– Make sure the press release is short, to the point and written in plain English. Press releases filled with jargon and those that take two or three paragraphs to get to their point definitely have less of a chance of being read all the way through and making it to print or online.
4. What are some of the biggest mistakes you’ve seen business professionals make in trying to get you to publish their news for them?
Sending releases to a publication without even having read an issue and not knowing what the frequency of a publication is. If you’re contacting a publication about a time-specific event or story, it’s a good idea to do it well before the event’s date. You increase your changes of getting the event covered if you give advance notice.
5. How do businesses best go about submitting a release for your consideration?
The best way to email it to me at email@example.com, or our assistant editor, Liisa Rajala, at firstname.lastname@example.org
The next best idea that could change the world may just come out of New Hampshire or northern New England. But getting that idea off the ground and into our lives is the challenge, especially if it’s hard to find early stage capital. This is where folks like Phil Ferneau and Borealis Ventures comes in and that’s who we meet in today’s Five Questions.
Phil Ferneau ~ Borealis Ventures
1. Borealis is particularly passionate about supporting New Hampshire businesses. What is it about the Granite State that drives you?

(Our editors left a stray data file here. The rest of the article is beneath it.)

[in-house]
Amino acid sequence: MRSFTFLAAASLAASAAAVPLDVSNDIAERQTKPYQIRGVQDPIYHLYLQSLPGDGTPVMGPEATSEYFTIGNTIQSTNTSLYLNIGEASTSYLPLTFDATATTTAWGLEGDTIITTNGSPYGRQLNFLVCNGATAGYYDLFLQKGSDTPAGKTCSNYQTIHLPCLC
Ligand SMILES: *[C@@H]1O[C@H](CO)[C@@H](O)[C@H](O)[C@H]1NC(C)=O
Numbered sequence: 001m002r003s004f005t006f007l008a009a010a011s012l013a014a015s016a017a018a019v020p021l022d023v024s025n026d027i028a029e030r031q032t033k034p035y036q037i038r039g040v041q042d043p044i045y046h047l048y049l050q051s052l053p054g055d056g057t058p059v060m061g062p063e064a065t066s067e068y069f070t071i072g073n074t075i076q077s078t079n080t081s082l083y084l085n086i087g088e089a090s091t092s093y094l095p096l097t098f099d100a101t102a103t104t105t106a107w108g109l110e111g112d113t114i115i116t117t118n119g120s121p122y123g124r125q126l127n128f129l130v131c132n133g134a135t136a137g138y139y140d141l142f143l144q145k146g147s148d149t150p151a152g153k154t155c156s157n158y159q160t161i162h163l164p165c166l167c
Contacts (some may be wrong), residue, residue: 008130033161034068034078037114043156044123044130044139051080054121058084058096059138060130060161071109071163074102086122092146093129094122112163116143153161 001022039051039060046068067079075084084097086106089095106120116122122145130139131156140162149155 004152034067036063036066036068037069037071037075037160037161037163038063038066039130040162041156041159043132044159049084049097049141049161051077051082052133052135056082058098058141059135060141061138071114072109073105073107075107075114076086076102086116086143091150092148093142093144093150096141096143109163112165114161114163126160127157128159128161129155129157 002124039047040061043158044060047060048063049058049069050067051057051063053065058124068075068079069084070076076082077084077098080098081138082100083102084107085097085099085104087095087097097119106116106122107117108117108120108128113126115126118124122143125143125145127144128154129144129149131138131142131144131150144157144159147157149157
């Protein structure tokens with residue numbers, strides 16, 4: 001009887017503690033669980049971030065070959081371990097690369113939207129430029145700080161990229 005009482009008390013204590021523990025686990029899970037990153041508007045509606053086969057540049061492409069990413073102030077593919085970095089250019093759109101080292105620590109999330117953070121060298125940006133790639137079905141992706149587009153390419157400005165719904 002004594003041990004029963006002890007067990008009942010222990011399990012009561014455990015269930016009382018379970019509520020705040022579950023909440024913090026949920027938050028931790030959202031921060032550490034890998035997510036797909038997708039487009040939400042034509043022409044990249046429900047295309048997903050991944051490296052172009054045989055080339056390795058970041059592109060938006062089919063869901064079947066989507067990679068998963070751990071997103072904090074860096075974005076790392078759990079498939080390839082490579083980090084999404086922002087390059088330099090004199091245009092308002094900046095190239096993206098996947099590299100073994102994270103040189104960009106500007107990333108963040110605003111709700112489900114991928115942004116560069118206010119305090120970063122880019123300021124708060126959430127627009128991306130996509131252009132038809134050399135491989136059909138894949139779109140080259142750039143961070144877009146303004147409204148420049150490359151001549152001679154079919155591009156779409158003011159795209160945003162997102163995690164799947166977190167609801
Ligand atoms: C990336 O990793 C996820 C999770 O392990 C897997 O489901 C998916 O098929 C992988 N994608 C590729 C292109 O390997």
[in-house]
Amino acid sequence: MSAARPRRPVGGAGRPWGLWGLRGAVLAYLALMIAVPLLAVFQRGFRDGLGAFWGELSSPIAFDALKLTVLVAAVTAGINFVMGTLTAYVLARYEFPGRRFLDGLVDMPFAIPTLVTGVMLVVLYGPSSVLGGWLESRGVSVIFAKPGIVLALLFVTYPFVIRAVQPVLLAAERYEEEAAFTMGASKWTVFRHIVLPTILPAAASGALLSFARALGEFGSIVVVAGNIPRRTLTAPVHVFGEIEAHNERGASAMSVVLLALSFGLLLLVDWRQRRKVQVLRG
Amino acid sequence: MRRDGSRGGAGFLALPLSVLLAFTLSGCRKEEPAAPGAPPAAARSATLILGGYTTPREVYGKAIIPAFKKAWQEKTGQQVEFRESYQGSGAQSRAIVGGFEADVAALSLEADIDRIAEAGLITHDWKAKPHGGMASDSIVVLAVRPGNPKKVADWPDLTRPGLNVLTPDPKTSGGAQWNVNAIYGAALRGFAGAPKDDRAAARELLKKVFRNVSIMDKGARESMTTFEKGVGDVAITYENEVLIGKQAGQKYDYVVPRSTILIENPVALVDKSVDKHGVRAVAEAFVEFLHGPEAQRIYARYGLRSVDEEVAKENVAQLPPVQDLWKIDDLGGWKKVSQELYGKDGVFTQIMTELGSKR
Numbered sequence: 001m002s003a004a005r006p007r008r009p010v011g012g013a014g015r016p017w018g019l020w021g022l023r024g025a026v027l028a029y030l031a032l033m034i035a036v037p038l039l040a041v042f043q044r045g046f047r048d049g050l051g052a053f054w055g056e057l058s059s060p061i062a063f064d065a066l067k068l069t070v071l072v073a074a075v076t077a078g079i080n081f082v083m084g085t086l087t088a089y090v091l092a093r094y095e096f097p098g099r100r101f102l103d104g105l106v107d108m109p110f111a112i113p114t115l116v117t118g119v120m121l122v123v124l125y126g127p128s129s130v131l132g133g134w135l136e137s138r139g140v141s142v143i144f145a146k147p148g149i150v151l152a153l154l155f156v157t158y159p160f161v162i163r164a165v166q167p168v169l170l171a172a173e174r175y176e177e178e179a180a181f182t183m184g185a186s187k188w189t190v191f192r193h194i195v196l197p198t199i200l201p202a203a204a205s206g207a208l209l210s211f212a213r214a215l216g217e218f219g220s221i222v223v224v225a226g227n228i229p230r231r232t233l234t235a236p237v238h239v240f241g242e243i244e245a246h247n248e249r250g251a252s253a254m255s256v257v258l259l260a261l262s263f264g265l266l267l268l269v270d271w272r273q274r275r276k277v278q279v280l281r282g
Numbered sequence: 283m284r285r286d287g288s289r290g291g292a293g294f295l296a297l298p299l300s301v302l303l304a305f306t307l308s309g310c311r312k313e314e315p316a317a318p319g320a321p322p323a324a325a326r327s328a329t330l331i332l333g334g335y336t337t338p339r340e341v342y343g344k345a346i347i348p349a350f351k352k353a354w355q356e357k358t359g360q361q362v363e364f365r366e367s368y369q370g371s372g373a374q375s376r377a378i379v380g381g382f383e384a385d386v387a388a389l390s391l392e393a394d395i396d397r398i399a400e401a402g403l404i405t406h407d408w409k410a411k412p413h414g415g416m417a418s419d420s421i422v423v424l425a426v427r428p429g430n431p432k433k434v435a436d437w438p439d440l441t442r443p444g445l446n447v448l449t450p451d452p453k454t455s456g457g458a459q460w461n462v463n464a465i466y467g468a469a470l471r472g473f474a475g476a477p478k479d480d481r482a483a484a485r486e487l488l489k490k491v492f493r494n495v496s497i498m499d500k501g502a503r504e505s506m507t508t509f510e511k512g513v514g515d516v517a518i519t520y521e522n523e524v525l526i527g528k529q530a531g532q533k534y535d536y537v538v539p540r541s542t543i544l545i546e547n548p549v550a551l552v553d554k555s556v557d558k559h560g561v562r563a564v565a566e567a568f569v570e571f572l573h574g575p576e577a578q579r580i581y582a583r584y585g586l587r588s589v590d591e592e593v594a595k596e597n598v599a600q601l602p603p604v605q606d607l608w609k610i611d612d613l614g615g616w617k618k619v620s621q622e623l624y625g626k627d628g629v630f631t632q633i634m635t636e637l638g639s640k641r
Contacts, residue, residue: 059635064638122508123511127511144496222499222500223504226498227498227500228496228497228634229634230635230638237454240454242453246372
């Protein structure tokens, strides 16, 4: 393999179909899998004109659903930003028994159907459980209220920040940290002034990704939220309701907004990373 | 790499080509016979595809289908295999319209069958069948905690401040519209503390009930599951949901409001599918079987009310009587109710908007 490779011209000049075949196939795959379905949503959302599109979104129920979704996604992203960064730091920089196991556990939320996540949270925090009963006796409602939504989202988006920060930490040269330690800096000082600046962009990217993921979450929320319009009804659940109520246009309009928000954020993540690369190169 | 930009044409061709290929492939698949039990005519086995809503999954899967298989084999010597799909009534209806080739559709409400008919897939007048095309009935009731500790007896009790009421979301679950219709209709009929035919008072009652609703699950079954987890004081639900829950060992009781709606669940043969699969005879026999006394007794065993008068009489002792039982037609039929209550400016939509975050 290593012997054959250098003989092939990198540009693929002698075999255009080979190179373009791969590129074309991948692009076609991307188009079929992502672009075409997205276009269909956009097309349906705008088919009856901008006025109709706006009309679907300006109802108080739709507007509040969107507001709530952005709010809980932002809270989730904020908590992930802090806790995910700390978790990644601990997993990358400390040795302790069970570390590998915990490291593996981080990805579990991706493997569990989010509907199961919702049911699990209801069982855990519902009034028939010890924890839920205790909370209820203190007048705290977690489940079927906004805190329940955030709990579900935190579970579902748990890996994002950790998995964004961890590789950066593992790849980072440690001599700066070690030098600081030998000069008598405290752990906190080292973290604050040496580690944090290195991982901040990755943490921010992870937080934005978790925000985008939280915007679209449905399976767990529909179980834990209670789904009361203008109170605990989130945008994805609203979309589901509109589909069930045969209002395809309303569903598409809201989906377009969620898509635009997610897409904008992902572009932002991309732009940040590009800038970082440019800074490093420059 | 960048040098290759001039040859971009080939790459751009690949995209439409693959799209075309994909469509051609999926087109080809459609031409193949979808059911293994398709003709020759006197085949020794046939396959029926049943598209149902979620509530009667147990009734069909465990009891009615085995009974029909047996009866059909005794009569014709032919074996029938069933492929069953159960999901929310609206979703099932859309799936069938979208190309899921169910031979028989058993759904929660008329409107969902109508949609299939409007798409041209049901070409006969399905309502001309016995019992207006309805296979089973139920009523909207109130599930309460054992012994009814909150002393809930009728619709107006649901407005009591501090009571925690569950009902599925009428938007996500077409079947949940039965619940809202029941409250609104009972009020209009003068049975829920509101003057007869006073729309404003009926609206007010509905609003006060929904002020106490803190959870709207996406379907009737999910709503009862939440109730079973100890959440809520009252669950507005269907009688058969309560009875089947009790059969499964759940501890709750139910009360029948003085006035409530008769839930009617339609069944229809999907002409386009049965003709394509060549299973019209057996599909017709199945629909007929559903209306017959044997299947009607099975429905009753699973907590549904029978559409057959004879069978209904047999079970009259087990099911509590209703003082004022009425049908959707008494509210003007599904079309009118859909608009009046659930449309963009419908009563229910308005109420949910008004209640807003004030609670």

We founded Borealis on our first-hand knowledge of New Hampshire’s entrepreneurial potential and our confidence in its investment opportunities. Beyond that, this is where we live, raise our families, and contribute to our communities. While we have invested elsewhere, the Granite State is where our professional commitment to supporting exceptional entrepreneurs aligns with our personal convictions to make a difference by helping to build the state’s next generation of high-growth technology companies.
2. Where do you see the biggest opportunity for startups and entrepreneurial ventures in New Hampshire?
New Hampshire’s academic campuses and established technology companies have historically helped inspire and launch many of the state’s entrepreneurs. That remains true today with promising startups emerging from, for instance, the software and Internet infrastructure community around Manchester and Nashua, the Upper Valley’s bioengineering cluster, and innovative students and faculty at campuses across the state. More fundamentally, New Hampshire’s attractive business climate, quality of living, and wealth of social capital make the state a compelling place to build companies that can serve customers worldwide. In today’s connected global economy, innovation possesses the same inherent commercial opportunity when the eureka arises in New Hampshire as it does in larger metropolitan areas.